Editorial The Guardian: Fourteen days to seal history’s judgment on this generation

TODAY 56 newspapers in 45 countries take the unprecedented step of speaking with one voice through a common editorial. We do so because humanity faces a profound emergency.

Unless we combine to take decisive action, climate change will ravage our planet, and with it our prosperity and security. The dangers have been becoming apparent for a generation. Now the facts have started to speak: 11 of the past 14 years have been the warmest on record, the Arctic ice-cap is melting and last year’s inflamed oil and food prices provide a foretaste of future havoc. In scientific journals the question is no longer whether humans are to blame, but how little time we have got left to limit the damage. Yet so far the world’s response has been feeble and half-hearted.

• How the Copenhagen global leader came about
• Write your own editorial
• The papers that carried the Copenhagen editorial
• In pictures: How newspapers around the world ran the editorial

Climate change has been caused over centuries, has consequences that will endure for all time and our prospects of taming it will be determined in the next 14 days. We call on the representatives of the 192 countries gathered in Copenhagen not to hesitate, not to fall into dispute, not to blame each other but to seize opportunity from the greatest modern failure of politics. This should not be a fight between the rich world and the poor world, or between east and west. Climate change affects everyone, and must be solved by everyone.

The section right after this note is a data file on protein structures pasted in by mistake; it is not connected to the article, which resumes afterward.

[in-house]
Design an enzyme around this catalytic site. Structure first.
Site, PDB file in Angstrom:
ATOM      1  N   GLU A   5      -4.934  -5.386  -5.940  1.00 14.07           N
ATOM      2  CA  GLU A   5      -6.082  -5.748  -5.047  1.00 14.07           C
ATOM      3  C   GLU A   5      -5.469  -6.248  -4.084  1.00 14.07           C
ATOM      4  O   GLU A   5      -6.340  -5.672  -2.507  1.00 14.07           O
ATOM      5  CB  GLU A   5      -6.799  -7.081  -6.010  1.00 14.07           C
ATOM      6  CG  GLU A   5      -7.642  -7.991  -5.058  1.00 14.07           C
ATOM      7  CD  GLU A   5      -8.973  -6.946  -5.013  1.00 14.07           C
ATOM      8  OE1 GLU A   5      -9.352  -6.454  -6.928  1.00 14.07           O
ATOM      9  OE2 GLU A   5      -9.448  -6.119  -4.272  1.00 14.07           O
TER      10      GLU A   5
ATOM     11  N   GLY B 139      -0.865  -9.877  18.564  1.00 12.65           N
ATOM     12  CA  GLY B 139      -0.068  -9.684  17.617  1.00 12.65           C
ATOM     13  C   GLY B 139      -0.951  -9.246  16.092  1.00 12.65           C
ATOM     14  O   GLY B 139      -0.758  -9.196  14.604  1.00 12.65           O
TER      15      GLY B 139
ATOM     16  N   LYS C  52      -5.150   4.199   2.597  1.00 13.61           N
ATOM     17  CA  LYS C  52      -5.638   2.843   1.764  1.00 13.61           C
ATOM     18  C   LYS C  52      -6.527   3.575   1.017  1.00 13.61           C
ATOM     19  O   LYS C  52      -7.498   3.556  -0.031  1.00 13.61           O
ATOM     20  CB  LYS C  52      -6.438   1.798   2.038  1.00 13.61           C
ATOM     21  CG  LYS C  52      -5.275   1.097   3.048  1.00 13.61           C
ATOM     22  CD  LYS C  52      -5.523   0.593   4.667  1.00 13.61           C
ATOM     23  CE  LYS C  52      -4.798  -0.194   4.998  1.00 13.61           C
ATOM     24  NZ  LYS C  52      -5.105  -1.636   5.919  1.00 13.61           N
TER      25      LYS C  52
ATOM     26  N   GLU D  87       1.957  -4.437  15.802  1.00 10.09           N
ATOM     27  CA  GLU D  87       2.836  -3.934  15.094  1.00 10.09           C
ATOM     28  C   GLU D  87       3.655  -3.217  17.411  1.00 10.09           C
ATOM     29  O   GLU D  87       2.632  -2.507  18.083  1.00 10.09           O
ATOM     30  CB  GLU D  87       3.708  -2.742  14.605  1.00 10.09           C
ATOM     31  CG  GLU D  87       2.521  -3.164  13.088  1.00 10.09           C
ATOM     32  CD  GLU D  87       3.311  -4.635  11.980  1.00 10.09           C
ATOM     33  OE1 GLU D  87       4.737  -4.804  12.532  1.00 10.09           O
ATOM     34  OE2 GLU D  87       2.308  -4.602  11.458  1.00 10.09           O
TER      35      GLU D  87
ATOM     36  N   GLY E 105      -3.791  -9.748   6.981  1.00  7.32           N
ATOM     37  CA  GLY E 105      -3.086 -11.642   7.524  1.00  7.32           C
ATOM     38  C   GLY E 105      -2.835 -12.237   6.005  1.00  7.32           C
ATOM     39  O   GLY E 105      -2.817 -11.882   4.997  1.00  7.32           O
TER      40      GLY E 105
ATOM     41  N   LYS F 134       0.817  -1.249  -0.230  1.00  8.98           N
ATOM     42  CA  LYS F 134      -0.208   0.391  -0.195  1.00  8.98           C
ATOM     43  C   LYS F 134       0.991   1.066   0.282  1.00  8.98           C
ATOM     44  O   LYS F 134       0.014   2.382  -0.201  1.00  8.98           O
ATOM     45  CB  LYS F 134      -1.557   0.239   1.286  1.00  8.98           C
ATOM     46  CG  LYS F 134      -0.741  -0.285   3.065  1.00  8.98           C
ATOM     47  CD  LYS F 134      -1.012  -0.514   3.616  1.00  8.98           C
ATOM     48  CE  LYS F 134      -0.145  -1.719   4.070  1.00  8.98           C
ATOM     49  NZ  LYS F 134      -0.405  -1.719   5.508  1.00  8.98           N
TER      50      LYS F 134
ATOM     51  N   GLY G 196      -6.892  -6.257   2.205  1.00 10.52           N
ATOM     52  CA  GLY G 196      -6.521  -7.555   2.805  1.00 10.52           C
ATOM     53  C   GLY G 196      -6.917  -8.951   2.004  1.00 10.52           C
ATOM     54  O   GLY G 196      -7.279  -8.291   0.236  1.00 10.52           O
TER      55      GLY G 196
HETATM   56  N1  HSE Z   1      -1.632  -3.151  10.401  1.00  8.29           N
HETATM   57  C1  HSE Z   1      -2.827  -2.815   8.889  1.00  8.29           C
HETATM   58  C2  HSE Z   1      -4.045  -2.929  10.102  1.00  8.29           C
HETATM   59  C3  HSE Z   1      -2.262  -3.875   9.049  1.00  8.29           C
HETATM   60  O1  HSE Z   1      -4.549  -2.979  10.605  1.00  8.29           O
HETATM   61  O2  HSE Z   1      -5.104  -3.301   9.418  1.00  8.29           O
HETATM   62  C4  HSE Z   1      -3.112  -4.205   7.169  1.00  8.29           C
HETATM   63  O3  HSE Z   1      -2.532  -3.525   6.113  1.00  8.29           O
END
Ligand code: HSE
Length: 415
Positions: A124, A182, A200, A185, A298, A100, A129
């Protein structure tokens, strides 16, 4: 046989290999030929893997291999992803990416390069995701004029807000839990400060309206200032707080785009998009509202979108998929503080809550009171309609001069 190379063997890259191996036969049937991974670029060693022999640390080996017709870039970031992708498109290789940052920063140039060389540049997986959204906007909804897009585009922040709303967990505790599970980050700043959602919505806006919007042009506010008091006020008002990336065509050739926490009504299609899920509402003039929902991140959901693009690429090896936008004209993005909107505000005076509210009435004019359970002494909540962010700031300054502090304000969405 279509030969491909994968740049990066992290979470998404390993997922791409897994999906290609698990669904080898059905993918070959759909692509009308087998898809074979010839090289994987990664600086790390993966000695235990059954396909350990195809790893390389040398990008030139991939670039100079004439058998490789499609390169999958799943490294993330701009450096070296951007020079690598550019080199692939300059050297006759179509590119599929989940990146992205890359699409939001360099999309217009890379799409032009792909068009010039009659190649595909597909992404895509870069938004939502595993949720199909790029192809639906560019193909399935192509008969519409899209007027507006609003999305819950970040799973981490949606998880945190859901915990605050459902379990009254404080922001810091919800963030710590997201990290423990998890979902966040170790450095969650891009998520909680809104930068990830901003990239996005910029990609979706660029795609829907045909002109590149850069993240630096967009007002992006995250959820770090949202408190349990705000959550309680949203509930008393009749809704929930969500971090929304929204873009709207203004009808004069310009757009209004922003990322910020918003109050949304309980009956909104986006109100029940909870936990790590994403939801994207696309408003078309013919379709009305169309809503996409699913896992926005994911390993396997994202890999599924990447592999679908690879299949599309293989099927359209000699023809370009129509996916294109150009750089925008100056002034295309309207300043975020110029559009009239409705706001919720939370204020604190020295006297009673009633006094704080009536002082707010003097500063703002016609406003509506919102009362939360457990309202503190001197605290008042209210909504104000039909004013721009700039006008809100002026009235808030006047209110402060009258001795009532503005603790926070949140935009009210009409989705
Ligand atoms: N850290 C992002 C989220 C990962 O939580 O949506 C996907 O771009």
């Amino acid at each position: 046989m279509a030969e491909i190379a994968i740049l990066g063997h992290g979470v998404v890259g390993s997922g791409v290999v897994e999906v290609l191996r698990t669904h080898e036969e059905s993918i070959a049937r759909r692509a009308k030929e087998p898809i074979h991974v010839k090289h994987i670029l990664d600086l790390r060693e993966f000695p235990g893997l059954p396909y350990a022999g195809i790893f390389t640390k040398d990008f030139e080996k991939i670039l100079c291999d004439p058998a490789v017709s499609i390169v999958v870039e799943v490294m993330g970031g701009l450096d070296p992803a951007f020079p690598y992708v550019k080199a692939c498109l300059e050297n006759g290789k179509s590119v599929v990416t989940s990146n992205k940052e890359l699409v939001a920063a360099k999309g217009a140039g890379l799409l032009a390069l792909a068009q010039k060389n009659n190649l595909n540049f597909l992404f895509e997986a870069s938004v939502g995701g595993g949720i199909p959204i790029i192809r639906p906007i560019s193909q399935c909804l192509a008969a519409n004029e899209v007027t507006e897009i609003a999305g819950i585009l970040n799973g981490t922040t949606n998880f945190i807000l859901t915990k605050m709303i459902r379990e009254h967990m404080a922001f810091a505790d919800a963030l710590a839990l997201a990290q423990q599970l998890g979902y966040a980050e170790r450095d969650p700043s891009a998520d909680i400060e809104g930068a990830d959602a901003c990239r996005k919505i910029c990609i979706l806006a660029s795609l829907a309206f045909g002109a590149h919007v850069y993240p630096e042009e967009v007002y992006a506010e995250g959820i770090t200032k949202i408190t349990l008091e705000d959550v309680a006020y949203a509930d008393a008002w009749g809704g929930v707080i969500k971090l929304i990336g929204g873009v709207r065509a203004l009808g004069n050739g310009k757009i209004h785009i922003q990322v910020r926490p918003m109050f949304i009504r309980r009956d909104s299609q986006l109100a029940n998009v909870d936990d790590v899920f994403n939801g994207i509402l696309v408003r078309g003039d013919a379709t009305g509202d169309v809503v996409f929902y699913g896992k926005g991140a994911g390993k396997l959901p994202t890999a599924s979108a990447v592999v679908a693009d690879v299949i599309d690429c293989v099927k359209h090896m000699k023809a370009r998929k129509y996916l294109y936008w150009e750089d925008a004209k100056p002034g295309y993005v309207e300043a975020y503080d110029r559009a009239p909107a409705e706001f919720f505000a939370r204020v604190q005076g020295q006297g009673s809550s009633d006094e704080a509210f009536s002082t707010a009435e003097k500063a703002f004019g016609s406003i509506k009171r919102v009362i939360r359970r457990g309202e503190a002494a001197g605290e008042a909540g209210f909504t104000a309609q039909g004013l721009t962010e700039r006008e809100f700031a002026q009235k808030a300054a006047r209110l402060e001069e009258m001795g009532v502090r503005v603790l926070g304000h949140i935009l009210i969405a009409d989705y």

The science is complex but the facts are clear. The world needs to take steps to limit temperature rises to 2C, an aim that will require global emissions to peak and begin falling within the next 5-10 years. A bigger rise of 3-4C — the smallest increase we can prudently expect to follow inaction — would parch continents, turning farmland into desert. Half of all species could become extinct, untold millions of people would be displaced, whole nations drowned by the sea. The controversy over emails by British researchers that suggest they tried to suppress inconvenient data has muddied the waters but failed to dent the mass of evidence on which these predictions are based.

Few believe that Copenhagen can any longer produce a fully polished treaty; real progress towards one could only begin with the arrival of President Obama in the White House and the reversal of years of US obstructionism. Even now the world finds itself at the mercy of American domestic politics, for the president cannot fully commit to the action required until the US Congress has done so.

But the politicians in Copenhagen can and must agree the essential elements of a fair and effective deal and, crucially, a firm timetable for turning it into a treaty. Next June’s UN climate meeting in Bonn should be their deadline. As one negotiator put it: “We can go into extra time but we can’t afford a replay.”

At the deal’s heart must be a settlement between the rich world and the developing world covering how the burden of fighting climate change will be divided — and how we will share a newly precious resource: the trillion or so tonnes of carbon that we can emit before the mercury rises to dangerous levels.

Rich nations like to point to the arithmetic truth that there can be no solution until developing giants such as China take more radical steps than they have so far. But the rich world is responsible for most of the accumulated carbon in the atmosphere – three-quarters of all carbon dioxide emitted since 1850. It must now take a lead, and every developed country must commit to deep cuts which will reduce their emissions within a decade to very substantially less than their 1990 level.

Developing countries can point out they did not cause the bulk of the problem, and also that the poorest regions of the world will be hardest hit. But they will increasingly contribute to warming, and must thus pledge meaningful and quantifiable action of their own. Though both fell short of what some had hoped for, the recent commitments to emissions targets by the world’s biggest polluters, the United States and China, were important steps in the right direction.